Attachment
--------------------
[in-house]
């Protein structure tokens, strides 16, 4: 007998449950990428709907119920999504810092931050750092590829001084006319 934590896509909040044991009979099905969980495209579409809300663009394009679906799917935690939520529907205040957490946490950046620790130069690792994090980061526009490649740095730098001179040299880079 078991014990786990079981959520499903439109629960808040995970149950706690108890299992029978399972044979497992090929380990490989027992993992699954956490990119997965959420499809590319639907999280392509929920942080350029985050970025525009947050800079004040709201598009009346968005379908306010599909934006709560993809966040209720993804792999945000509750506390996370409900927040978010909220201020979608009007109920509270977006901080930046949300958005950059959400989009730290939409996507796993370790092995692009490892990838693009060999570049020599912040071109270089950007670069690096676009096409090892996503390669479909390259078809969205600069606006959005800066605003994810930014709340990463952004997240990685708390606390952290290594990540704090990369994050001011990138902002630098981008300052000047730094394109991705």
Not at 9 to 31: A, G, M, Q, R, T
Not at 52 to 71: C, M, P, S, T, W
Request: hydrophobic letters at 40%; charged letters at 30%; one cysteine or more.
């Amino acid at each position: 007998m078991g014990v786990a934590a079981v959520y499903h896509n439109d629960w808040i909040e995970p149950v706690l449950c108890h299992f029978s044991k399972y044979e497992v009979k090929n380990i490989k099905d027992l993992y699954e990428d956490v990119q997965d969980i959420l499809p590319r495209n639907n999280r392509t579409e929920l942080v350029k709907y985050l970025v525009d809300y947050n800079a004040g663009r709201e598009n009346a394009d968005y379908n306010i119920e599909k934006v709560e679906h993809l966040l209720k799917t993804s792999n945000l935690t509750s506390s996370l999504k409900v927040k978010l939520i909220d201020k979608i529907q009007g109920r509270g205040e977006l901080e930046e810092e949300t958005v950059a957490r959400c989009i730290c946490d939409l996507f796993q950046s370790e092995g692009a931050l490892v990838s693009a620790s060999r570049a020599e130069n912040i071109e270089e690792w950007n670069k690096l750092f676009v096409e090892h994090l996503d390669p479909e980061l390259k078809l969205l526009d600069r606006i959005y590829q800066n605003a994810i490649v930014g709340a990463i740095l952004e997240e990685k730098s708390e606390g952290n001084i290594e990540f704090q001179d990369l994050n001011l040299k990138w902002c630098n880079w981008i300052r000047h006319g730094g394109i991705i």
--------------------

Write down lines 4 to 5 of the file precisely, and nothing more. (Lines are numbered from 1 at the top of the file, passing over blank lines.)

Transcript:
Not at 52 to 71: C, M, P, S, T, W
Request: hydrophobic letters at 40%; charged letters at 30%; one cysteine or more.